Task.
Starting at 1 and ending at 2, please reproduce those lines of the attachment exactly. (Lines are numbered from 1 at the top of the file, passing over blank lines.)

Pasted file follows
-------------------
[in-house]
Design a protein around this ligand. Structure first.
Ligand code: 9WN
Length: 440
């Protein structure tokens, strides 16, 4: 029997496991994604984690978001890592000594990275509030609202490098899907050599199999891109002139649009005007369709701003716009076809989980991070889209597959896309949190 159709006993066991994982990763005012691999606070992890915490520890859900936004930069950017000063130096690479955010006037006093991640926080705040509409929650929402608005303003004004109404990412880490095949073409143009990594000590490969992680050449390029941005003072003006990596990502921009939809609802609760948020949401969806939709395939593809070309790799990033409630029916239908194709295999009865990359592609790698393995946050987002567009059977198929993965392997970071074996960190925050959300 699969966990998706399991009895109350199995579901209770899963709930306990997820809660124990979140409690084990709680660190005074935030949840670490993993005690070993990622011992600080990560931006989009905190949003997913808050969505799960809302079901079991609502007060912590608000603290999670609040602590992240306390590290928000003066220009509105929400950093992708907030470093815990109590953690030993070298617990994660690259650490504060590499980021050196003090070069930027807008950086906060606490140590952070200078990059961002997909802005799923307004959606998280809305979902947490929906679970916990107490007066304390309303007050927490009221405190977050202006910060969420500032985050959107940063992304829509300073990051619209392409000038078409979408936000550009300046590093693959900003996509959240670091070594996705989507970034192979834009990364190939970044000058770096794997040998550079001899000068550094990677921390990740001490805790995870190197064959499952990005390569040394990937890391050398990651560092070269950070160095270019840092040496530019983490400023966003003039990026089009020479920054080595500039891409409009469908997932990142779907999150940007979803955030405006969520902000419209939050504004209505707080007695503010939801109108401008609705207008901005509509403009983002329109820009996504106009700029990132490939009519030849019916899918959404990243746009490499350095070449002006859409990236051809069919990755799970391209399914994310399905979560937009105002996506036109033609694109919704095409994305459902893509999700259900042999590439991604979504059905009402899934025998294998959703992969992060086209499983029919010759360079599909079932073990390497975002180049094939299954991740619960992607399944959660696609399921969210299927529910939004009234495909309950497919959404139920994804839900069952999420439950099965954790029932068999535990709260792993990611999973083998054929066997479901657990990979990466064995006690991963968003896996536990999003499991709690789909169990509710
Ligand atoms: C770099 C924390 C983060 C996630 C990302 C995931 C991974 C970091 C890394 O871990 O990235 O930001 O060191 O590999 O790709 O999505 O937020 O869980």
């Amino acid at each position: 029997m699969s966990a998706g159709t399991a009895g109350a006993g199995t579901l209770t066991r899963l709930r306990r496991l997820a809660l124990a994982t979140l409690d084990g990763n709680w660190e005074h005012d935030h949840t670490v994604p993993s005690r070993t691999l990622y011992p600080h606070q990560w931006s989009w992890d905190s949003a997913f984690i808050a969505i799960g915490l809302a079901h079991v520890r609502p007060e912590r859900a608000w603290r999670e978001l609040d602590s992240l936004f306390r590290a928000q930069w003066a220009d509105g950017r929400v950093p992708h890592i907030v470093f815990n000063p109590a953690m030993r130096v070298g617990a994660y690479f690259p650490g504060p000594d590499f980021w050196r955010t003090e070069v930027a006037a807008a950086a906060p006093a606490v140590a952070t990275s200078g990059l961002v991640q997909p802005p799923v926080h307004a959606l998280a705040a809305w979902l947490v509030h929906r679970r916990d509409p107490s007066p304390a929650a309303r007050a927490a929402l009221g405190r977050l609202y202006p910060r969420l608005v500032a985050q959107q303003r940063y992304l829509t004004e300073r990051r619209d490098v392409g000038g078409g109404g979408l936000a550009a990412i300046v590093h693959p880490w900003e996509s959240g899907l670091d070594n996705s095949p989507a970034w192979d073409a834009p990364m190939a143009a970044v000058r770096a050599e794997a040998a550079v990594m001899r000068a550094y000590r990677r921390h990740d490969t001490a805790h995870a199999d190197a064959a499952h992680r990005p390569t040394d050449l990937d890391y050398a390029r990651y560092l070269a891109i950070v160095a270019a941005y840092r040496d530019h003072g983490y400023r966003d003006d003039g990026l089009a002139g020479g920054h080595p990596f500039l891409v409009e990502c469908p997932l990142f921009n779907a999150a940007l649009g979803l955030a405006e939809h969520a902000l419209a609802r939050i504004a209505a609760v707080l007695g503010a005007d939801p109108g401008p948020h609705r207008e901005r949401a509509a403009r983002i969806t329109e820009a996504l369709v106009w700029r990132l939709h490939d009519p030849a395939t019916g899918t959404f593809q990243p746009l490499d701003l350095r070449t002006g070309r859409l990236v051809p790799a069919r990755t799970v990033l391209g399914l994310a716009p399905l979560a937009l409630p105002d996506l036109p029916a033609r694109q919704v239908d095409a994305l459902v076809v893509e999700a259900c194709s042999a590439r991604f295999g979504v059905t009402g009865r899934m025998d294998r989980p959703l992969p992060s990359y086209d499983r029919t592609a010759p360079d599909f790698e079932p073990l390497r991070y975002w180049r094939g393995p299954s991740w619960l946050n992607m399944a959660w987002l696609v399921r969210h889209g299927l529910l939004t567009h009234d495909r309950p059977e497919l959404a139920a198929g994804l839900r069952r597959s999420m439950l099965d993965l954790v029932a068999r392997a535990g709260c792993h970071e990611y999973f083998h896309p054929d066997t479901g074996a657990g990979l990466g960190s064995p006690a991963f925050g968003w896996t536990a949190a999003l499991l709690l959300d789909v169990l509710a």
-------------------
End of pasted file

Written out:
[in-house]
Design a protein around this ligand. Structure first.